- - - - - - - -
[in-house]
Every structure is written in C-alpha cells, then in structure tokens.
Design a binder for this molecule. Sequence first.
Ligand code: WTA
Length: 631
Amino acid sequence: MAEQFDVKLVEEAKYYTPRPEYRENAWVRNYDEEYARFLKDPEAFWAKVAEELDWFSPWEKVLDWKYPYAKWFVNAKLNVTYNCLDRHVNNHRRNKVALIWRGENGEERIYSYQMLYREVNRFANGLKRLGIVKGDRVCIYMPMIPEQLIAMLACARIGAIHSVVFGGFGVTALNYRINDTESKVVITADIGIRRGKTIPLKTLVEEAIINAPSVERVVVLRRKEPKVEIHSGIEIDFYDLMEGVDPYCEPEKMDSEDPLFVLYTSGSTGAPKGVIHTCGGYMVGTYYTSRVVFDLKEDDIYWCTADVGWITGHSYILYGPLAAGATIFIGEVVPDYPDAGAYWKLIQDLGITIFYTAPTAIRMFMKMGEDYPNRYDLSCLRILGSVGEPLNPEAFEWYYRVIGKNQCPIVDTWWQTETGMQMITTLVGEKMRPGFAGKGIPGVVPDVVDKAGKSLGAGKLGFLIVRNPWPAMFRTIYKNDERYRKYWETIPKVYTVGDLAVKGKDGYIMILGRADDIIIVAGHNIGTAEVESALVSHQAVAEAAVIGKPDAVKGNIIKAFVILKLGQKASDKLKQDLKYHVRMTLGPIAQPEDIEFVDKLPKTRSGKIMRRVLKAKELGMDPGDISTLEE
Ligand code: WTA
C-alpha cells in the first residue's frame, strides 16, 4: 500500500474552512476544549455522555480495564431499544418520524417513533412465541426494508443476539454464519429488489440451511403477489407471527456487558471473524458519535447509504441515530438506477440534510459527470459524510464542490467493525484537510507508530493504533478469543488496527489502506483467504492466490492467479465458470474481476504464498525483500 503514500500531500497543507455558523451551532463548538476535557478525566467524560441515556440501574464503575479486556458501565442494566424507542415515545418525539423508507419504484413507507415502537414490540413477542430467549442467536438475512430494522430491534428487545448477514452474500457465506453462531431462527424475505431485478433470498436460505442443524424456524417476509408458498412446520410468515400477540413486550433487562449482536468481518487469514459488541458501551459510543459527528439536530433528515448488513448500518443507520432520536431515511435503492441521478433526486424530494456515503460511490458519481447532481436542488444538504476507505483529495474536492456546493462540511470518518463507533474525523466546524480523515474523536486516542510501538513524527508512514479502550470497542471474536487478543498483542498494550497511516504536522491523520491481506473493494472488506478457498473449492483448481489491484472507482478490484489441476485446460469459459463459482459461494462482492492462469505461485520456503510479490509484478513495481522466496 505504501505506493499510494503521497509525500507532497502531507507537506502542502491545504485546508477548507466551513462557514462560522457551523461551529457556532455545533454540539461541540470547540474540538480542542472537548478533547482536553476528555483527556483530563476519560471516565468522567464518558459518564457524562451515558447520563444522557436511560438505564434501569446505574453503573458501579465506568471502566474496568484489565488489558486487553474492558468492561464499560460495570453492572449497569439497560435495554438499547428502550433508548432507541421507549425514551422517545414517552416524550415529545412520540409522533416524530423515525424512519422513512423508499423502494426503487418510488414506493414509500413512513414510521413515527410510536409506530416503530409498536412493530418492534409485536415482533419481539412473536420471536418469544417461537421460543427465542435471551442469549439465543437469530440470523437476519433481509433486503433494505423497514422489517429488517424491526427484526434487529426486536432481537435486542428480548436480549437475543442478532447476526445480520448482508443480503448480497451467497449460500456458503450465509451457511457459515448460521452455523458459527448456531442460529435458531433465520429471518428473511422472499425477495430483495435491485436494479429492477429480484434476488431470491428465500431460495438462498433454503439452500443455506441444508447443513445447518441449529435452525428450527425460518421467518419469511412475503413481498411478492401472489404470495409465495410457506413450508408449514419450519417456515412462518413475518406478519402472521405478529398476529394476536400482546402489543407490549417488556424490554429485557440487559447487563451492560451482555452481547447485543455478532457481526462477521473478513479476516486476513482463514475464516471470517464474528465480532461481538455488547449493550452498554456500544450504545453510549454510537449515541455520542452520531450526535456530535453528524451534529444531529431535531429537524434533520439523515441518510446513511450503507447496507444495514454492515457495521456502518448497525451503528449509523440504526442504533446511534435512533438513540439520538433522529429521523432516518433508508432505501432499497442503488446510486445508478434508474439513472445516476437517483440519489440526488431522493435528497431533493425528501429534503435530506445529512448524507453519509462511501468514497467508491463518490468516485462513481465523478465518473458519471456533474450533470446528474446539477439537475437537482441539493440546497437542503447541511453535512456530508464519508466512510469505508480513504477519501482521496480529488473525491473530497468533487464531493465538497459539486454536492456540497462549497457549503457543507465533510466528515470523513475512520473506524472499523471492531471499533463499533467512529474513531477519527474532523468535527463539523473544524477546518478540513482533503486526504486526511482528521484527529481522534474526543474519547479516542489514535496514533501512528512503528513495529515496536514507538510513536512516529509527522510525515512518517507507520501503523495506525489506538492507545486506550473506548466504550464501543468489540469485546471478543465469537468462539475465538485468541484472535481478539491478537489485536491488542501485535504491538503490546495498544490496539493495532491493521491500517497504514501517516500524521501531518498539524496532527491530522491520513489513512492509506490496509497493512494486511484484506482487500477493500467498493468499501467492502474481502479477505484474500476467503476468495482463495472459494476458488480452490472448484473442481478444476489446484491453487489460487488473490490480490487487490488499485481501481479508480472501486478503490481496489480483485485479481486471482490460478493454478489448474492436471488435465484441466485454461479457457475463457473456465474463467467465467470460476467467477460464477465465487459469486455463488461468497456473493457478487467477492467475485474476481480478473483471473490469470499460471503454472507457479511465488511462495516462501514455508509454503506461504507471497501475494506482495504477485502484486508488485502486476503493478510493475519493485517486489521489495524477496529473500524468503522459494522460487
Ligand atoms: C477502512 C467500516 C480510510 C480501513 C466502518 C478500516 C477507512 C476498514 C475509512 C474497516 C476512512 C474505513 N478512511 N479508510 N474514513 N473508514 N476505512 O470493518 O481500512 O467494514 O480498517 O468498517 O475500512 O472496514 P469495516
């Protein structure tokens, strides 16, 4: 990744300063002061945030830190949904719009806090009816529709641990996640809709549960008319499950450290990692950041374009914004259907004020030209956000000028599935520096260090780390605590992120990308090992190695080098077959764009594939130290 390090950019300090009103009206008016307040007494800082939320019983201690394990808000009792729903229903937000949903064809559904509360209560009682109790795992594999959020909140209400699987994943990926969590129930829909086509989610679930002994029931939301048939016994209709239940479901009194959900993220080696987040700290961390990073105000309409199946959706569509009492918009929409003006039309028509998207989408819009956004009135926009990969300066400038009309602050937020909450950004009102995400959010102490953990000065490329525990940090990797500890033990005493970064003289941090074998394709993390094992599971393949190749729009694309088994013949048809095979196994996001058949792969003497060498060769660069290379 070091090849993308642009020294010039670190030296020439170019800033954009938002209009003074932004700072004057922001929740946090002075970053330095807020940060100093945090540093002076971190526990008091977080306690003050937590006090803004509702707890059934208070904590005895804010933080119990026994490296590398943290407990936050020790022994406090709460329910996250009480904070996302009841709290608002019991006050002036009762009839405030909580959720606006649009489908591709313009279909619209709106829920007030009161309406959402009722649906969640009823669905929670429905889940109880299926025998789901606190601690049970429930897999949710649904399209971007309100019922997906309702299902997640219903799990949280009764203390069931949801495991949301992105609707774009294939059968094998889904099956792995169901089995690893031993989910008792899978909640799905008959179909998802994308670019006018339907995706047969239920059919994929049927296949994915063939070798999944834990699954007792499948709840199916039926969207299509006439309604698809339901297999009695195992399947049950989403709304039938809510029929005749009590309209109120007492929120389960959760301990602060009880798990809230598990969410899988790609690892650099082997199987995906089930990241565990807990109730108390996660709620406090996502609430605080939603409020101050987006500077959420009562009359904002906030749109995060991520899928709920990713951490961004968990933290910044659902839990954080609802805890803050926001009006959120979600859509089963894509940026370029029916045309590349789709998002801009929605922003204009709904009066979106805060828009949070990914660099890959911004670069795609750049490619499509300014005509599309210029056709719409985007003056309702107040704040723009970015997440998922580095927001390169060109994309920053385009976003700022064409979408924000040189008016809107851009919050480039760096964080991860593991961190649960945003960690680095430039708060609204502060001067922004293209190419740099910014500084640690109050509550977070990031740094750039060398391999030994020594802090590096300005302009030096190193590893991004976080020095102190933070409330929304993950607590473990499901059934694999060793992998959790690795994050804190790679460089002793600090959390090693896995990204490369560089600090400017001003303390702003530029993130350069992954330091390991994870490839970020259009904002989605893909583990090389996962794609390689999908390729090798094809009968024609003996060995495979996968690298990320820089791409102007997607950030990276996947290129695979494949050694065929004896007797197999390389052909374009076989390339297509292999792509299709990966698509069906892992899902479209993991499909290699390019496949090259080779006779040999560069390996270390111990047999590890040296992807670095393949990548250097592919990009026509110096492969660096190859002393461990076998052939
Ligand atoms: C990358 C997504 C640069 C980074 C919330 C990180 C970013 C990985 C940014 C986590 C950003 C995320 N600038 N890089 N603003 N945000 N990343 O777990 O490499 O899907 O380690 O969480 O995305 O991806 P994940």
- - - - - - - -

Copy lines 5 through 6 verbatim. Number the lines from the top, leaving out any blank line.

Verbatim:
Length: 631
Amino acid sequence: MAEQFDVKLVEEAKYYTPRPEYRENAWVRNYDEEYARFLKDPEAFWAKVAEELDWFSPWEKVLDWKYPYAKWFVNAKLNVTYNCLDRHVNNHRRNKVALIWRGENGEERIYSYQMLYREVNRFANGLKRLGIVKGDRVCIYMPMIPEQLIAMLACARIGAIHSVVFGGFGVTALNYRINDTESKVVITADIGIRRGKTIPLKTLVEEAIINAPSVERVVVLRRKEPKVEIHSGIEIDFYDLMEGVDPYCEPEKMDSEDPLFVLYTSGSTGAPKGVIHTCGGYMVGTYYTSRVVFDLKEDDIYWCTADVGWITGHSYILYGPLAAGATIFIGEVVPDYPDAGAYWKLIQDLGITIFYTAPTAIRMFMKMGEDYPNRYDLSCLRILGSVGEPLNPEAFEWYYRVIGKNQCPIVDTWWQTETGMQMITTLVGEKMRPGFAGKGIPGVVPDVVDKAGKSLGAGKLGFLIVRNPWPAMFRTIYKNDERYRKYWETIPKVYTVGDLAVKGKDGYIMILGRADDIIIVAGHNIGTAEVESALVSHQAVAEAAVIGKPDAVKGNIIKAFVILKLGQKASDKLKQDLKYHVRMTLGPIAQPEDIEFVDKLPKTRSGKIMRRVLKAKELGMDPGDISTLEE